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/ Source: NBC News

The western gray whale now holds the record as the mammal with the longest known migration, researchers say.

A female western gray whale swam from Russia to Mexico and back again — a total of 13,988 miles (22,511 kilometers) — in 172 days, according to a new report.

Until now, the title of the longest-migrating mammal belonged to the humpback whale (Megaptera novaeangliae), which migrates up to 10,190 miles (16,400 kilometers) round trip as it travels between its breeding grounds near the equator and the food-rich waters of the Arctic and Antarctic, according to Guinness World Records.

Gray whales, like other whale species, are known for their long-distance migrations.Omar Torres / AFP - Getty Images

But the new report shows that a female western gray whale (Eschrichtius robustus) named Varvara (the Russian equivalent of the name Barbara), has stolen the record. Researchers placed satellite-monitoring tags on seven western gray whales living off Russia's Sakhalin Island, where the mammals feed every year. Varvara was the only whale whose tag stayed intact throughout the entire journey, said the study's lead researcher, Bruce Mate, the director of the Marine Mammal Institute at Oregon State University. [Quest for Survival: Photos of Incredible Animal Migrations]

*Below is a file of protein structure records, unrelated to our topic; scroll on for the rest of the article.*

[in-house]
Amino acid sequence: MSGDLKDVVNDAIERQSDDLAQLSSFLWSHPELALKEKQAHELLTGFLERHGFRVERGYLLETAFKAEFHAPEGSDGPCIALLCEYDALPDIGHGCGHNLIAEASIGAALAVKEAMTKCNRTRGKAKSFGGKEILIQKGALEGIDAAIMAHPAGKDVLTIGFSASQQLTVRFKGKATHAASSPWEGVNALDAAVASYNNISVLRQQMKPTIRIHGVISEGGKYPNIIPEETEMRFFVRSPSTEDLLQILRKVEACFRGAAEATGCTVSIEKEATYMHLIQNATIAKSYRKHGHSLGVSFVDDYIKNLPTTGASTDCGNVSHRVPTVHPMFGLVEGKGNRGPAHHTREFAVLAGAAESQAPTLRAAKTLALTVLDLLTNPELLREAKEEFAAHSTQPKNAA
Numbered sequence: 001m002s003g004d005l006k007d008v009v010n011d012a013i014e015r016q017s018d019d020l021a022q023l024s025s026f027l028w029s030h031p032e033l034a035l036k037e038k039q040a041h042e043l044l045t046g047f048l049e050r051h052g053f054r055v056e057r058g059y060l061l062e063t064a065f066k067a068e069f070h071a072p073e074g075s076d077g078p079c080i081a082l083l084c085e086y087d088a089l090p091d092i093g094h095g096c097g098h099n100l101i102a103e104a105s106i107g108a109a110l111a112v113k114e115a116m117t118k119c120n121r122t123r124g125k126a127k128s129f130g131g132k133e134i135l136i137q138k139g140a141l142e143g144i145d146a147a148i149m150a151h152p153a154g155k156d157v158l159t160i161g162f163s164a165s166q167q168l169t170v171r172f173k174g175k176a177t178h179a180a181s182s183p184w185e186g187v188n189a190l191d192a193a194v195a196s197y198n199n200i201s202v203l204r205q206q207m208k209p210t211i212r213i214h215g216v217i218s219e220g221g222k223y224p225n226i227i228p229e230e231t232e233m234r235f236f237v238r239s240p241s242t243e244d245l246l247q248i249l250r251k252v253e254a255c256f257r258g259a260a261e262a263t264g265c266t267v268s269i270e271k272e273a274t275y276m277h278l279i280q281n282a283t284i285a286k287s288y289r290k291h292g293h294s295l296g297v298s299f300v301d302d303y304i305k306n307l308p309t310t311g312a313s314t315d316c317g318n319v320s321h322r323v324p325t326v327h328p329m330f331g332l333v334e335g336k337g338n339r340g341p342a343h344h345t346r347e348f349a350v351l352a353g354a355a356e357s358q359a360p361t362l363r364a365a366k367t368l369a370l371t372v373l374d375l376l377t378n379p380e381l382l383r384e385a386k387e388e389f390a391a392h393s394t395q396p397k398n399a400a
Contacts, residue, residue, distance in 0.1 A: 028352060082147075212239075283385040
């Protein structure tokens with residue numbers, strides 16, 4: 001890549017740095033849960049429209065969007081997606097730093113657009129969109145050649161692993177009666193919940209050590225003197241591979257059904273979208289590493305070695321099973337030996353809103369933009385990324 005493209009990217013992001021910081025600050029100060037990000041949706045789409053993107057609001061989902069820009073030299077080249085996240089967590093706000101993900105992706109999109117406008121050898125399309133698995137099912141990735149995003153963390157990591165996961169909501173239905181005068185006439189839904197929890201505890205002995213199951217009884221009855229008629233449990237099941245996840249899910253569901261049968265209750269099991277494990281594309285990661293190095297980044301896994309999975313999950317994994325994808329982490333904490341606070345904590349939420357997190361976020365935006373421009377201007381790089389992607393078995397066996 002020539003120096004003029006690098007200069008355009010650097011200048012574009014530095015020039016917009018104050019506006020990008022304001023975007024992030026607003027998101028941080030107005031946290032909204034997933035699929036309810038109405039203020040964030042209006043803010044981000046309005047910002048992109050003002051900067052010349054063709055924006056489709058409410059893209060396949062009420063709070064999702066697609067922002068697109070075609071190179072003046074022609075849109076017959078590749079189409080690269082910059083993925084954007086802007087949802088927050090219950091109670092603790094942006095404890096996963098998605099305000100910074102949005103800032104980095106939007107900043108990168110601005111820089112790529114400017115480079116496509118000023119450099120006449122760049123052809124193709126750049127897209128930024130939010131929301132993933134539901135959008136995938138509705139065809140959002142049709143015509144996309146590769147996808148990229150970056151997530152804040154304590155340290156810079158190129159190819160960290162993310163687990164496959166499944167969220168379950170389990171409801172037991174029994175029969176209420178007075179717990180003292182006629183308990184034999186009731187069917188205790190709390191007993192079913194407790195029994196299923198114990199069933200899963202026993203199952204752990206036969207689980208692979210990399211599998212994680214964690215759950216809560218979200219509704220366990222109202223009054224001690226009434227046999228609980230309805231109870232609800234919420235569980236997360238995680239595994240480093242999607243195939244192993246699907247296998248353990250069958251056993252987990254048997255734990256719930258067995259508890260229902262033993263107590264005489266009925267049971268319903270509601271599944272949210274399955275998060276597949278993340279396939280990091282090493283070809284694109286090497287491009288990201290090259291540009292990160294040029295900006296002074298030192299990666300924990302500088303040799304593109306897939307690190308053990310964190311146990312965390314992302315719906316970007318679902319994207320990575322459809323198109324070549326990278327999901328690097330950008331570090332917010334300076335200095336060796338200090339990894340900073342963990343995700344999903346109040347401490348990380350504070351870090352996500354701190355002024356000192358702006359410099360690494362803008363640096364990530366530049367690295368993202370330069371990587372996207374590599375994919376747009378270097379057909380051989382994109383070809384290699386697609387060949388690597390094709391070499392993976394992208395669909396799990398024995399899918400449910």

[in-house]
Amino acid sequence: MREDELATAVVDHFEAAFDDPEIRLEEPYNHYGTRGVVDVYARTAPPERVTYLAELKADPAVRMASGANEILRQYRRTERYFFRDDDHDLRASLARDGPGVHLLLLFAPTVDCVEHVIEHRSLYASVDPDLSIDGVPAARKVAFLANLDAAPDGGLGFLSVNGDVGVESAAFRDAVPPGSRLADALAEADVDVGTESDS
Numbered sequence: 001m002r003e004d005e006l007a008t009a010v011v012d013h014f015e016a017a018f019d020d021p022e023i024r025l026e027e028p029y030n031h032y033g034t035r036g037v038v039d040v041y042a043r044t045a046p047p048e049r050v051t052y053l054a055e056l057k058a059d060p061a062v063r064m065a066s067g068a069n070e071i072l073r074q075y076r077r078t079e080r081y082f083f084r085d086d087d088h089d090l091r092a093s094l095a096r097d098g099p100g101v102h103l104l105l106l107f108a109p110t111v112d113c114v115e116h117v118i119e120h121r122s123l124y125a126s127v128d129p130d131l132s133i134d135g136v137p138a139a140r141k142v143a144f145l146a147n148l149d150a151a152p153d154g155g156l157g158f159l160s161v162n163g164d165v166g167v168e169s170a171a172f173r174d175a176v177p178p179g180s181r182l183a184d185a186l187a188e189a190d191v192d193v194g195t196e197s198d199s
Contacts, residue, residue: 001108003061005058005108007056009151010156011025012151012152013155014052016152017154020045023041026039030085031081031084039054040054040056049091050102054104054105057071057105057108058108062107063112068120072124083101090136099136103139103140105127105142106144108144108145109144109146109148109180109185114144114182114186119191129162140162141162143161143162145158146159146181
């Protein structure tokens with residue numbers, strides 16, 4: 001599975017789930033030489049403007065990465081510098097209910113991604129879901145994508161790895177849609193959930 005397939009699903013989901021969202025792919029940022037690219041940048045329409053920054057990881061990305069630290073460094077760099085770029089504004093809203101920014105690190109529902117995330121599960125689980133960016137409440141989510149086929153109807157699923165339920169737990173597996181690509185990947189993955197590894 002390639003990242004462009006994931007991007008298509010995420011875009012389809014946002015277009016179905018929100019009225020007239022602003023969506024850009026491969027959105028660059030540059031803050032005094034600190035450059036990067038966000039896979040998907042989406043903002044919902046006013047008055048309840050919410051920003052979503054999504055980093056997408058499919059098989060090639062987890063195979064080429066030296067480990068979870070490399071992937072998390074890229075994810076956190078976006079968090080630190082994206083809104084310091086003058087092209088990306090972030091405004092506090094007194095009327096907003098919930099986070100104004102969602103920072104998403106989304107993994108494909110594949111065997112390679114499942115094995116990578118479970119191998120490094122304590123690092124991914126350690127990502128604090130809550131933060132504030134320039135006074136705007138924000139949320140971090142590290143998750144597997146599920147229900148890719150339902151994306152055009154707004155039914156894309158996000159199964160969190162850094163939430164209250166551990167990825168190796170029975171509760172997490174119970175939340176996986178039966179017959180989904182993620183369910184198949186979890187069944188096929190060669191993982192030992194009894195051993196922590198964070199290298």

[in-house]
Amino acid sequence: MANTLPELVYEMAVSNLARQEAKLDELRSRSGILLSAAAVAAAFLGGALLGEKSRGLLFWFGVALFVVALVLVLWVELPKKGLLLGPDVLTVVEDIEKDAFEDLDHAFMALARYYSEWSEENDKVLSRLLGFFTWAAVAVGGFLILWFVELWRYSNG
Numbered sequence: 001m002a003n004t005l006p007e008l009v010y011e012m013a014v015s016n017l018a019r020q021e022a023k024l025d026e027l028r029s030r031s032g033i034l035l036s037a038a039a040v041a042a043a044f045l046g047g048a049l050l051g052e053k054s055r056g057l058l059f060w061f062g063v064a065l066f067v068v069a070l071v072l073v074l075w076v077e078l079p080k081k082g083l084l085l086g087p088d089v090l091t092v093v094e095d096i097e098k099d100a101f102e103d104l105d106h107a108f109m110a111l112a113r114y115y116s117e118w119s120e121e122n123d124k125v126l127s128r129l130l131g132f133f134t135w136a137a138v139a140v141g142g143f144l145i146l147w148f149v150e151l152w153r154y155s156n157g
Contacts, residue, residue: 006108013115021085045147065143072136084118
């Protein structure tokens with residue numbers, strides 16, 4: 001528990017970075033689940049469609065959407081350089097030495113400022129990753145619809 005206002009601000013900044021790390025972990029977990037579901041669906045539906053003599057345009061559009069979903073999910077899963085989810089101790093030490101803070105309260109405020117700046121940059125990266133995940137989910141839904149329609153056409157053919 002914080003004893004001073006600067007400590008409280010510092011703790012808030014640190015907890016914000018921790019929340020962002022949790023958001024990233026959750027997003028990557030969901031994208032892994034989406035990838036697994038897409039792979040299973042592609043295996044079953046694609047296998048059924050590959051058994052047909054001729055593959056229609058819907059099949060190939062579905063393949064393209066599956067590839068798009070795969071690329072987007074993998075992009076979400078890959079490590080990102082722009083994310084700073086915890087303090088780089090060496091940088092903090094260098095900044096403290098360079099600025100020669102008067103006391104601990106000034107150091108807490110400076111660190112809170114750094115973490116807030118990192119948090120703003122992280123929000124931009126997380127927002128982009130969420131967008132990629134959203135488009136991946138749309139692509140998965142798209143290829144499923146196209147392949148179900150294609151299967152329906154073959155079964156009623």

Western gray whales are critically endangered; they were once even thought to be extinct, Mate said. Before the new study, little was known about these animals' migratory paths, and many researchers suspected that the whales migrated in a loop from Russia to the South China Sea.

Instead, the tagging study shows that Varvara swam to Mexico.

"She crossed the Bering Sea, the Gulf of Alaska [and] the lengths of the North American continent to get down to the Baja breeding calf lagoons that are used by eastern North Pacific animals," Mate said.

The study was published online by Biology Letters.

— Laura Geggel, LiveScience

This is a condensed version of a report from LiveScience. Read the full report. Follow Laura Geggel on Twitter. Follow LiveScience on Twitter, Facebook and Google+.